Spectral Noise Levels and Roughness Severity Ratings for Vowels Produced by Male Children This study investigated the relationship between spectral noise level (SNL) and perceived roughness in sustained vowels phonated by children. Twenty male children, ten presenting normal vocal quality and ten presenting vocal roughness associated with benign vocal cord lesions, served as subjects. The children individually sustained each of the vowels /i/, ... Research Article
Research Article  |   September 01, 1979
Spectral Noise Levels and Roughness Severity Ratings for Vowels Produced by Male Children
 
Author Affiliations & Notes
  • Karen South Arnold
    University of Oklahoma Health Sciences Center, Oklahoma City
  • Floyd W. Emanuel
    University of Oklahoma Health Sciences Center, Oklahoma City
Article Information
Research Articles
Research Article   |   September 01, 1979
Spectral Noise Levels and Roughness Severity Ratings for Vowels Produced by Male Children
Journal of Speech, Language, and Hearing Research, September 1979, Vol. 22, 613-626. doi:10.1044/jshr.2203.613
History: Received July 5, 1978 , Accepted December 30, 1978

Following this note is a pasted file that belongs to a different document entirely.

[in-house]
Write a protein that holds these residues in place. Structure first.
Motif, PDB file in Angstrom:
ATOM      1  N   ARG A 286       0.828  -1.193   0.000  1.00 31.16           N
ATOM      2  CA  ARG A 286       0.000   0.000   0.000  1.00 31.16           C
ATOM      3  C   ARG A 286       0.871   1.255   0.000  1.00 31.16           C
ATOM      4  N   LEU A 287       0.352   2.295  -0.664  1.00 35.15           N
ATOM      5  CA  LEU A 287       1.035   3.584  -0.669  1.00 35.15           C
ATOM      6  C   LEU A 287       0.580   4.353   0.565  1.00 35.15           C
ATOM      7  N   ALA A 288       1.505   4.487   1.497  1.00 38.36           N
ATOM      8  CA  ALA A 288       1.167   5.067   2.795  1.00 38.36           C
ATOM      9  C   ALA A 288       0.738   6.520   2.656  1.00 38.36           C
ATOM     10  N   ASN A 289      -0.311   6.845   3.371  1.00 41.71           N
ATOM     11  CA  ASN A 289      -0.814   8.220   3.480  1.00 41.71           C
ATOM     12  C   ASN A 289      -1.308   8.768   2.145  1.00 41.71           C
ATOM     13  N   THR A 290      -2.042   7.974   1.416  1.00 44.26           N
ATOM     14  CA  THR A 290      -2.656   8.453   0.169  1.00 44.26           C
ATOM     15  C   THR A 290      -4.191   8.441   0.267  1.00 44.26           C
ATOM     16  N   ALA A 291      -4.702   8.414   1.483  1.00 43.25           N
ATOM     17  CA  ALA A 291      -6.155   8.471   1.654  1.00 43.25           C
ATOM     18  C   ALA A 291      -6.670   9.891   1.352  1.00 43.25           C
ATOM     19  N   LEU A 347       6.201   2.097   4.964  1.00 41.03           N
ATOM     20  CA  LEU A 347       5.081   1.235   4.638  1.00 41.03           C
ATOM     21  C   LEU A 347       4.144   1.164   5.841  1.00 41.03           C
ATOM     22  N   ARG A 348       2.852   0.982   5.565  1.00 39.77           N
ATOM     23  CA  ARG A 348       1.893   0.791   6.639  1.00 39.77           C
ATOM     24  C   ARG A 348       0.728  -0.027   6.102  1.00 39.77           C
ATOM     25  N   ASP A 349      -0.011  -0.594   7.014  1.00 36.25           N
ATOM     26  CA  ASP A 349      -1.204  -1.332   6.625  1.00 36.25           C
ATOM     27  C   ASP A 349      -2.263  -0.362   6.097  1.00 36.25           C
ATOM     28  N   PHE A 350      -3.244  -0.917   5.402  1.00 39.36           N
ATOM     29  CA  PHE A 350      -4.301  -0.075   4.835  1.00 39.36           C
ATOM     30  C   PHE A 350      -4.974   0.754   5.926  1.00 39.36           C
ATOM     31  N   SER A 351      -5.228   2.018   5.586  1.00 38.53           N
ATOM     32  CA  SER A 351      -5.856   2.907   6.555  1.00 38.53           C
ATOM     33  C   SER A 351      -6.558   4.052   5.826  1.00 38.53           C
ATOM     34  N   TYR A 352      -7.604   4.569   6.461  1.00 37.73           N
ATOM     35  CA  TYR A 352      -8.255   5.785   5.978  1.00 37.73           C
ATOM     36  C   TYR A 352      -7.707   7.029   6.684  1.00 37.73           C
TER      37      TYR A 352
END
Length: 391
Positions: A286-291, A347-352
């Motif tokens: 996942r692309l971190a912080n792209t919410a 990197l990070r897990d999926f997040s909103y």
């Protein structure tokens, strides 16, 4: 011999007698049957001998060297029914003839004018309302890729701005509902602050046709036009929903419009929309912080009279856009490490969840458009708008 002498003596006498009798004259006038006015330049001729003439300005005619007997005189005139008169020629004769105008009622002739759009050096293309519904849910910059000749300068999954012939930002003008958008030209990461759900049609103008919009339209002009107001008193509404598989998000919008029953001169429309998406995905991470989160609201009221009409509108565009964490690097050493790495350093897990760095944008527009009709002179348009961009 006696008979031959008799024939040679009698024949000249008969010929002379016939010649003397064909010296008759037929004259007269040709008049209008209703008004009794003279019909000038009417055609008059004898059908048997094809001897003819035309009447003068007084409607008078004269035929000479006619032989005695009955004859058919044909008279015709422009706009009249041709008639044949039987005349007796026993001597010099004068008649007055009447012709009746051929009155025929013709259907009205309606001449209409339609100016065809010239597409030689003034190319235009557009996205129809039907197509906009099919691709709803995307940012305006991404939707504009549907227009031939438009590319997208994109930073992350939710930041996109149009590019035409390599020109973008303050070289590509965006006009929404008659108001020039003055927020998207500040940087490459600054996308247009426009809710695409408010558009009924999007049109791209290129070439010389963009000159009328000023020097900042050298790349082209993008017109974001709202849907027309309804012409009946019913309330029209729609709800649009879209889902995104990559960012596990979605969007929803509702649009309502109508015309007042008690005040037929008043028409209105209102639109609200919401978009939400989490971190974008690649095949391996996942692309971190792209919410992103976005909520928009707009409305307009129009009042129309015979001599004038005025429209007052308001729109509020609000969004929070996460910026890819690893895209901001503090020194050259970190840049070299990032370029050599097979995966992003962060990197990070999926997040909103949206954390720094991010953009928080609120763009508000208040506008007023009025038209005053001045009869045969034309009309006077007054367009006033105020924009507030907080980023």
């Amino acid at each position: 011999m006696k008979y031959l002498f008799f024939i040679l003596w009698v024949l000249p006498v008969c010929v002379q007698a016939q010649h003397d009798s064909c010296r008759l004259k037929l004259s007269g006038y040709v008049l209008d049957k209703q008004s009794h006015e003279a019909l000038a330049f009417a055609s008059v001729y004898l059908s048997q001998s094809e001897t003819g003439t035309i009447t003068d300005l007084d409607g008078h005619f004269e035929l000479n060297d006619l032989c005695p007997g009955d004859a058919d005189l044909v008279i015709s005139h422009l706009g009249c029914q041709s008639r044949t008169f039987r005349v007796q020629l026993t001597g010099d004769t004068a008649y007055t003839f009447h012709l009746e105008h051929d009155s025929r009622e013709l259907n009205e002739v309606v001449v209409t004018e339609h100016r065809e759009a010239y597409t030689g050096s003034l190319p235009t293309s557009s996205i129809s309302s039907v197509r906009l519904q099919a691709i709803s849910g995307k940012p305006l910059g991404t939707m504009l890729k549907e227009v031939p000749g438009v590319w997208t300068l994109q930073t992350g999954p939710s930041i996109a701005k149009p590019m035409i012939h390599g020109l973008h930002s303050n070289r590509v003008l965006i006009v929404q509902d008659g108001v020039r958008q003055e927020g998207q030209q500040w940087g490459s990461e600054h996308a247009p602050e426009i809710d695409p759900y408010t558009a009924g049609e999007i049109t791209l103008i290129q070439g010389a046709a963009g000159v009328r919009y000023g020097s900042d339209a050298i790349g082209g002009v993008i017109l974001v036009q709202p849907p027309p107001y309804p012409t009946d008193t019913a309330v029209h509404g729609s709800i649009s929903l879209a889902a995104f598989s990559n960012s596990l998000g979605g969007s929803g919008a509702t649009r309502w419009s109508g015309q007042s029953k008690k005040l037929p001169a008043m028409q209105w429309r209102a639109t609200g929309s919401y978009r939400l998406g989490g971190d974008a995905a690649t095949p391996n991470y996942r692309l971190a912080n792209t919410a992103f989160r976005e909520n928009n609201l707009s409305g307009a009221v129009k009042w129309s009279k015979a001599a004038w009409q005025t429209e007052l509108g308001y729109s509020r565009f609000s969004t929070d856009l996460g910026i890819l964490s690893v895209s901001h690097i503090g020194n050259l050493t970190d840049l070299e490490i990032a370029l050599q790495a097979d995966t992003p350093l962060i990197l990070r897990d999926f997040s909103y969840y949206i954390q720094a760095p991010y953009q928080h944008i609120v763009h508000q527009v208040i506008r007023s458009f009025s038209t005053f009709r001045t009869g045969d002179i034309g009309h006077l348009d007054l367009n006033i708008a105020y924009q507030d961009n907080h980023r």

Journal of Speech, Language, and Hearing Research, September 1979, Vol. 22, 613-626. doi:10.1044/jshr.2203.613
History: Received July 5, 1978; Accepted December 30, 1978

This study investigated the relationship between spectral noise level (SNL) and perceived roughness in sustained vowels phonated by children. Twenty male children, ten presenting normal vocal quality and ten presenting vocal roughness associated with benign vocal cord lesions, served as subjects. The children individually sustained each of the vowels /i/, /u/, /∧/, /a/, and /æ/ at one intensity and at two pitch levels (comfortable and high). Each vowel recording was analyzed to produce a 3-Hz bandwidth, amplitude-by-frequency acoustic spectrum. The levels of inharmonic (noise) components were measured for the range 100 to 2600 Hz within each vowel spectrum and the mean of those measures provided an index of vowel spectral noise level. Each recorded sample was also rated for degree of roughness, by 11 trained judges, using a five-point, equal-appearing intervals scale. The fundamental vocal frequency (fo) of each production also was measured. The results indicated that four subjects with vocal pathology phonated their vowel productions with a relatively extreme fo when compared to subjects with normal voice quality. It was also found that vowel roughness and SNL differed predictably for individual vowels and that, especially for normal-speaking subjects, roughness and SNL decreased with an increase in fo. Further, for both subject groups, SNL measures were correlated positively and moderately highly with perceived roughness.

Order a Subscription
Pay Per View
Entire Journal of Speech, Language, and Hearing Research content & archive
24-hour access
This Article
24-hour access